Senate Democrats raise concerns about debit cards used for stimulus payments

Senate Democrats raise concerns about debit cards used for stimulus payments

A group of Senate Democrats on Wednesday raised concerns about the coronavirus relief payments sent to taxpayers via prepaid debit cards, saying the cards have posed challenges for taxpayers.

“We are concerned that this decision has imposed unnecessary burdens — including fees — on individuals who would have preferred to receive their stimulus payments by check, and that the process of activating these prepaid debit cards requires individuals to provide personal information that could be shared with third parties for marketing and other commercial purposes,” the senators wrote in a letter dated Wednesday to Treasury Secretary Steven MnuchinSteven Terner MnuchinTrump, GOP clash over new round of checks On The Money: Trump drags mild-mannered regulator into political firefight | Trump says he supports another round of stimulus checks | Navarro steps back from comments that China trade deal is ‘over’ Mnuchin leaves door open to further extending tax deadline MORE and IRS Commissioner Charles Rettig.

Under legislation enacted in March, most Americans are entitled to one-time direct payments of up to $1,200 per adult and $500 per child. Treasury said earlier this month that it’s distributed 159 million payments.

The Treasury Department announced in May that it was distributing nearly 4 million of the payments via prepaid debit cards. The department said that it was sending the cards to people whose bank information was not on file with the IRS and who had their tax returns processed at IRS service centers in Andover, Mass., and Austin, Texas.

Treasury said that it decided to issue some of the payments via prepaid debit cards, rather than by paper check, in an effort to get the payments in a more prompt and secure manner.

But the debit cards have caused confusion for some of their recipients, since they were not expecting to receive a card and the cards came in a plain envelope from Money Network Cardholder Services, without any reference to the IRS. As a result, some taxpayers thought the cards were a scam and discarded them.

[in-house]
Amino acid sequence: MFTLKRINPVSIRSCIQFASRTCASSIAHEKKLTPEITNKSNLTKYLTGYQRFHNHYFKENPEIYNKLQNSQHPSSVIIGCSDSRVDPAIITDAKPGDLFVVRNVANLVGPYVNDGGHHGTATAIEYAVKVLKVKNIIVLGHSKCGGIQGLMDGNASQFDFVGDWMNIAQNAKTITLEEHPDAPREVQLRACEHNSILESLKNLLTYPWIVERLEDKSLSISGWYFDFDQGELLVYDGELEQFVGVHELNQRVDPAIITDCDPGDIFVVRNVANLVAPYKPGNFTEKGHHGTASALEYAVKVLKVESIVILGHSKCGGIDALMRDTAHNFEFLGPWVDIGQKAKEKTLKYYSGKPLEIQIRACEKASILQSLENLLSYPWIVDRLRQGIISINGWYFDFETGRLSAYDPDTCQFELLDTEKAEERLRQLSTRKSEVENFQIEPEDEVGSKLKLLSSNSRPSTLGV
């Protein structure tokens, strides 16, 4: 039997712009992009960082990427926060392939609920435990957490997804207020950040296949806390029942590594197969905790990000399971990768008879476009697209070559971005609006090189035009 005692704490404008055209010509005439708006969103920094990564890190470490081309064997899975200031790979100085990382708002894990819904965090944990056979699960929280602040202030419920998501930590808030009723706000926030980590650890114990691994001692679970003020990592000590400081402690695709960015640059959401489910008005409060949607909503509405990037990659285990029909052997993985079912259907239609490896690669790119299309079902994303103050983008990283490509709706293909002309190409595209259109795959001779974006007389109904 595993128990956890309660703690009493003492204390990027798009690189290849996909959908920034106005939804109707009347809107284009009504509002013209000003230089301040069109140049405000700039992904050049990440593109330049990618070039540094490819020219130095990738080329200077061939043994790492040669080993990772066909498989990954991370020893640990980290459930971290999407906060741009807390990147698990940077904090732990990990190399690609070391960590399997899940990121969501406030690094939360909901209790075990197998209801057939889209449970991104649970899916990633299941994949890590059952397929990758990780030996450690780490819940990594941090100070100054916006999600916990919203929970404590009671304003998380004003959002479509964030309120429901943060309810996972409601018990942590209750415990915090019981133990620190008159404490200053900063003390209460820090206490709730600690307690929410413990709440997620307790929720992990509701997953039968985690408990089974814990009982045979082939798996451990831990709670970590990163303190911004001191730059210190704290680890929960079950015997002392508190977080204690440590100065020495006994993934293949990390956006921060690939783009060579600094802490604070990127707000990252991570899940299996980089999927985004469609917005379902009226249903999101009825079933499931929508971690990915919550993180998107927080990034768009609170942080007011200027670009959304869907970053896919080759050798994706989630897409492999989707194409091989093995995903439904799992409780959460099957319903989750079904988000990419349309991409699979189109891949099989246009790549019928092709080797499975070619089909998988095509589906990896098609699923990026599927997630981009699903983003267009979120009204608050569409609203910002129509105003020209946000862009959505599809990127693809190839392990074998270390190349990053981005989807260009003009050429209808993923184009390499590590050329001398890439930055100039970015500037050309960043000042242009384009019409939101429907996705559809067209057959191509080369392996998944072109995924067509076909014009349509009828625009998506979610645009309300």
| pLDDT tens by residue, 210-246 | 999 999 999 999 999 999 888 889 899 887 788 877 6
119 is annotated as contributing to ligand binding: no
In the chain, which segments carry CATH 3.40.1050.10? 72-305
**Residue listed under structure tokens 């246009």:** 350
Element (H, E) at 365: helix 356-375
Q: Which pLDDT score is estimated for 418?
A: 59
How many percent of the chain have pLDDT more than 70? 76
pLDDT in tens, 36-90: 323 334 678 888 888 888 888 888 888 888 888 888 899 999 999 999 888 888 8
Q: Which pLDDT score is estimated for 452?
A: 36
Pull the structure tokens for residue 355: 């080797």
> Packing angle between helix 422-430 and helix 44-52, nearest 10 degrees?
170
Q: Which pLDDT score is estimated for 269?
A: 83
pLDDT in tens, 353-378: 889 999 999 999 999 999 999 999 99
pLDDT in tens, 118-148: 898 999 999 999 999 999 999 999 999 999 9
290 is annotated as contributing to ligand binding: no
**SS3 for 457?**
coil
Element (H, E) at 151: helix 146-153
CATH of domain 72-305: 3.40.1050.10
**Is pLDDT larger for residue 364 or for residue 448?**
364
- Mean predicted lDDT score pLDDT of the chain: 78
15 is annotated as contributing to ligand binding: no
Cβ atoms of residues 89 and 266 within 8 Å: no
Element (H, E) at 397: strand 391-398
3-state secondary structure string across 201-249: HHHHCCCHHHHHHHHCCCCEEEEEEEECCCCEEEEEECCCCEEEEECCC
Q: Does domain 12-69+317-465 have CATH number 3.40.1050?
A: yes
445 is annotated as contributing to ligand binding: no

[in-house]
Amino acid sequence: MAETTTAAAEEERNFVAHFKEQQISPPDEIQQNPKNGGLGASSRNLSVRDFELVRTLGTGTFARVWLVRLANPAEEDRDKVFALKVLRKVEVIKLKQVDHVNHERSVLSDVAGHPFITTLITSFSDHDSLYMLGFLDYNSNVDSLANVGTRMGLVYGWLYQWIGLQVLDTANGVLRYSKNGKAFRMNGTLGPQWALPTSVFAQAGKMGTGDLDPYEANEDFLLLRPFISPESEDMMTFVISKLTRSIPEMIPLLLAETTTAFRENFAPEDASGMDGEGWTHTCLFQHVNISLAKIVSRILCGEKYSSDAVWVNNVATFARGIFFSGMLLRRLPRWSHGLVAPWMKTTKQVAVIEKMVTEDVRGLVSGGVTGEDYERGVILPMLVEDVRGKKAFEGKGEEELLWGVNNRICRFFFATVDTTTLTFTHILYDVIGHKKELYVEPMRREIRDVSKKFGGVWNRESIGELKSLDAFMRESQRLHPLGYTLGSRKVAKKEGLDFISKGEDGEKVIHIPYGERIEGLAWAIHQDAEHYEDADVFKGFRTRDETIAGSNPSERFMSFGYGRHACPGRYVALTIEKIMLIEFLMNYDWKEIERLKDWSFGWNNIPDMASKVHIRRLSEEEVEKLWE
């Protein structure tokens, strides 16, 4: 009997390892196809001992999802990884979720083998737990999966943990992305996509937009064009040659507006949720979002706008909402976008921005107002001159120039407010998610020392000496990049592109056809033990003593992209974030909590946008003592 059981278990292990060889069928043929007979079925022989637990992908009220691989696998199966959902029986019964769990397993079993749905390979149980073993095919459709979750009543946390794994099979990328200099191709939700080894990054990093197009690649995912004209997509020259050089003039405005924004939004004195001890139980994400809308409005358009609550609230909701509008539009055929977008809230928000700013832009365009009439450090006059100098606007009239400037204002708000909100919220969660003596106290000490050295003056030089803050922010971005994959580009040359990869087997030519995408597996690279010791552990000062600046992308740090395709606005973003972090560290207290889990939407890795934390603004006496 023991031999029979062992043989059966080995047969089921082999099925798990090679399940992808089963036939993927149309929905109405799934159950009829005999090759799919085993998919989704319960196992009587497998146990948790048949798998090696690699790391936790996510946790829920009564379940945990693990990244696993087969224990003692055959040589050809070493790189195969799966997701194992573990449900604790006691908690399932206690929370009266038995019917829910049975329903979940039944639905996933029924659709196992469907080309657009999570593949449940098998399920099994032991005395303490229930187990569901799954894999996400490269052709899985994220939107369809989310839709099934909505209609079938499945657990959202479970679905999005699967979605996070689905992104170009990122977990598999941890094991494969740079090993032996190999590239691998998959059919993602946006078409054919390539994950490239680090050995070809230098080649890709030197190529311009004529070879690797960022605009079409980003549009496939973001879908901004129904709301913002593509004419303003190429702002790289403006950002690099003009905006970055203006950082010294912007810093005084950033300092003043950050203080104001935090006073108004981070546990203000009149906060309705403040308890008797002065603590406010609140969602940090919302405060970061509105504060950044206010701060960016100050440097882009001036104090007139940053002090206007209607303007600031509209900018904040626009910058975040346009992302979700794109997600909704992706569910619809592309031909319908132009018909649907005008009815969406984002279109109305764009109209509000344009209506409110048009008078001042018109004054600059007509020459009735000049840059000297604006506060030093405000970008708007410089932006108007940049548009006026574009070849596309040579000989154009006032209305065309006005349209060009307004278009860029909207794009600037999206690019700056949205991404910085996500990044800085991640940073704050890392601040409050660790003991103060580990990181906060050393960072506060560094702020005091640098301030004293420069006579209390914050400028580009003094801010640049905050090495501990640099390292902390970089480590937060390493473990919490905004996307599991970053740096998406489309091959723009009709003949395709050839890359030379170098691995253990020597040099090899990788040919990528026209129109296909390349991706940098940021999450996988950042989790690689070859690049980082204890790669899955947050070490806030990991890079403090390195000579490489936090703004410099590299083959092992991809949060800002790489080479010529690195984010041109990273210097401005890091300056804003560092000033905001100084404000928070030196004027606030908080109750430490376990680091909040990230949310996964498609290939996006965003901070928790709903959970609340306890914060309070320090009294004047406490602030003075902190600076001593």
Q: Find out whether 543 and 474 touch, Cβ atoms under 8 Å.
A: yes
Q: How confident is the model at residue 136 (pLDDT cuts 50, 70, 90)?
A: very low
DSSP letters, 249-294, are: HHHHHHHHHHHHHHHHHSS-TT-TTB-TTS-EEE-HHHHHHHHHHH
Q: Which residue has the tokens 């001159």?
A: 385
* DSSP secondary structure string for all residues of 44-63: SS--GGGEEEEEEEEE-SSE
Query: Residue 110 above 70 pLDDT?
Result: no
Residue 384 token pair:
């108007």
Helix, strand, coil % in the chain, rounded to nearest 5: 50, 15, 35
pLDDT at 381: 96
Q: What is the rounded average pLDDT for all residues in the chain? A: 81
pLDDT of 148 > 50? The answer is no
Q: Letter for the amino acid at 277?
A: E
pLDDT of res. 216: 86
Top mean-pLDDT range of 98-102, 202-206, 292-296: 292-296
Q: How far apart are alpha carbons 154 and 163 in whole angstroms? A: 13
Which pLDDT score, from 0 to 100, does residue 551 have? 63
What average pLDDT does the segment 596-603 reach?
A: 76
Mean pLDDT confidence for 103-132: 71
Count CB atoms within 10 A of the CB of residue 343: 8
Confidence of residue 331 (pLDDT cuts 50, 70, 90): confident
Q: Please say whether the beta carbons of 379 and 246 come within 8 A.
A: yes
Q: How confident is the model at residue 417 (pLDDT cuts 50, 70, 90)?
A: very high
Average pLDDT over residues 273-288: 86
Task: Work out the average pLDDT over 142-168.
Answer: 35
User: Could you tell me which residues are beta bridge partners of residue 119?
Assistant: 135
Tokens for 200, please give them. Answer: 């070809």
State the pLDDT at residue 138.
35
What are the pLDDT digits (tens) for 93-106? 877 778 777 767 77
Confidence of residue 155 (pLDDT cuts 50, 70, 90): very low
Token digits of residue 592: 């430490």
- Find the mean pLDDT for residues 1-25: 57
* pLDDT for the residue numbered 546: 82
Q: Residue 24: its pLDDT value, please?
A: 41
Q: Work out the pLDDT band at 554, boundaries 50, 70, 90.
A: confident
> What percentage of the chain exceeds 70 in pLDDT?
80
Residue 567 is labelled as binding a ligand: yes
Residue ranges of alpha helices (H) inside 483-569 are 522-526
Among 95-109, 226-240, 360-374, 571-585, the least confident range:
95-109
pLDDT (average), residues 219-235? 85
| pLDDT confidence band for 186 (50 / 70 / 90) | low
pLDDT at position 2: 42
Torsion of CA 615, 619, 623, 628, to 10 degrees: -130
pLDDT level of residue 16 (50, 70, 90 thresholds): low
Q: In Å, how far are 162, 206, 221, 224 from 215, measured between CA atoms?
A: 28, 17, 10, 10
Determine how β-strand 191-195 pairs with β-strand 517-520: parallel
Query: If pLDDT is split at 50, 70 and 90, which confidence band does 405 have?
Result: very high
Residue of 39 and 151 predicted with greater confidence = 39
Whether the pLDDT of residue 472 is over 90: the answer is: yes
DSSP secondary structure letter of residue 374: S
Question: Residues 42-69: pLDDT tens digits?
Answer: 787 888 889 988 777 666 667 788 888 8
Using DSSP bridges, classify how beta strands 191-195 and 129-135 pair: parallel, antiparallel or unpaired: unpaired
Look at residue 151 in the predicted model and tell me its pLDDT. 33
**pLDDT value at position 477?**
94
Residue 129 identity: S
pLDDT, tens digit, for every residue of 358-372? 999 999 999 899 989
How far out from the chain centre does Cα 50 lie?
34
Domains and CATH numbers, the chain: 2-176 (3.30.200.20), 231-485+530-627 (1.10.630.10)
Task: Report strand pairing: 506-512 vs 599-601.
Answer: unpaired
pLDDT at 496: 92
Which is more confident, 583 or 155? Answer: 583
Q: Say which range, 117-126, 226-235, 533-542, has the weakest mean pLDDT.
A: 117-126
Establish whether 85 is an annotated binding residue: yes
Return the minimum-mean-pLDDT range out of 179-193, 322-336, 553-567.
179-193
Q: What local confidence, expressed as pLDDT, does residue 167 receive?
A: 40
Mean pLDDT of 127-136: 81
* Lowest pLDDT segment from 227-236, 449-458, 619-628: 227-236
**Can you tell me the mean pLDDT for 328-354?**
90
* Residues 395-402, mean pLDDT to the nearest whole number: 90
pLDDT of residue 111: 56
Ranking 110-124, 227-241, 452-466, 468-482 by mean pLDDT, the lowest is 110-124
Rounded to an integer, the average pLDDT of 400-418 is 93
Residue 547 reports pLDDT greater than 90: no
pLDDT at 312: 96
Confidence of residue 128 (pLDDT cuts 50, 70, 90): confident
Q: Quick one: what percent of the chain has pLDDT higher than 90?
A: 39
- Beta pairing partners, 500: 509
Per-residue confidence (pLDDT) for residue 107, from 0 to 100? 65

The IRS has said that there won’t be a fee for a taxpayer’s first replacement of their card. But the Democratic senators said they were worried because the free replacements take seven to 10 business days to arrive, and if people want them in four to seven business days instead they have to pay a $17 fee.

“We are seriously concerned about imposing these fees on individuals who urgently need the direct cash assistance to which they are entitled under the CARES Act,” the senators wrote.

The senators also said that many recipients could have trouble accessing the money on their cards. Recipients may face daily limits on the amount they can withdraw from an ATM, and there is a $2 fee for out-of-network ATM withdrawals and a $5 fee for over-the-counter bank withdrawals on the fee schedule for the cards. Additionally, people need to provide personal information in order to transfer money online from their prepaid debit cards to their bank accounts, the lawmakers said.

The Democratic senators further expressed concerns about the fact that the cardholder agreement for the debit cards states that Money Network Financial can share informations about people’s accounts and transactions pertaining to the card with affiliates and service providers.

“This ambiguous language raises serious questions about whether Money Network Financial is permitted to sell personal information of individuals who activated stimulus payment debit cards,” the senators wrote.

The senators asked the Treasury Department and the IRS to provide information about how the administration determined which taxpayers would get their direct payments on prepaid debit cards, how the fee schedules were set and whether Money Network Financial can send cardholders commercial correspondence.

Fifteen Democratic senators signed the letter, including Sens. Maggie HassanMargaret (Maggie) HassanBipartisan Senate group offers bill to strengthen watchdog law after Trump firings Bipartisan group of senators unveils bill to protect research on campuses from foreign entities Exclusive investigation on the coronavirus pandemic: Where was Congress? MORE (N.H.), Sherrod BrownSherrod Campbell BrownCOVID-19 waivers emerge as flashpoint in absence of liability shield Senators call on Trump administration to simplify PPP loan forgiveness process Hillicon Valley: Senators raise concerns over government surveillance of protests | Amazon pauses police use of its facial recognition tech | FBI warns hackers are targeting mobile banking apps MORE (Ohio) and Jack ReedJohn (Jack) Francis ReedTrump nominee denounces past Islamophobic tweets Overnight Defense: Navy won’t reinstate fired captain | Dems probe use of federal officers in DC | Air Force appoints woman as top noncommissioned officer Dems request watchdog probe use of federal law enforcement in DC during Floyd protests MORE (R.I.).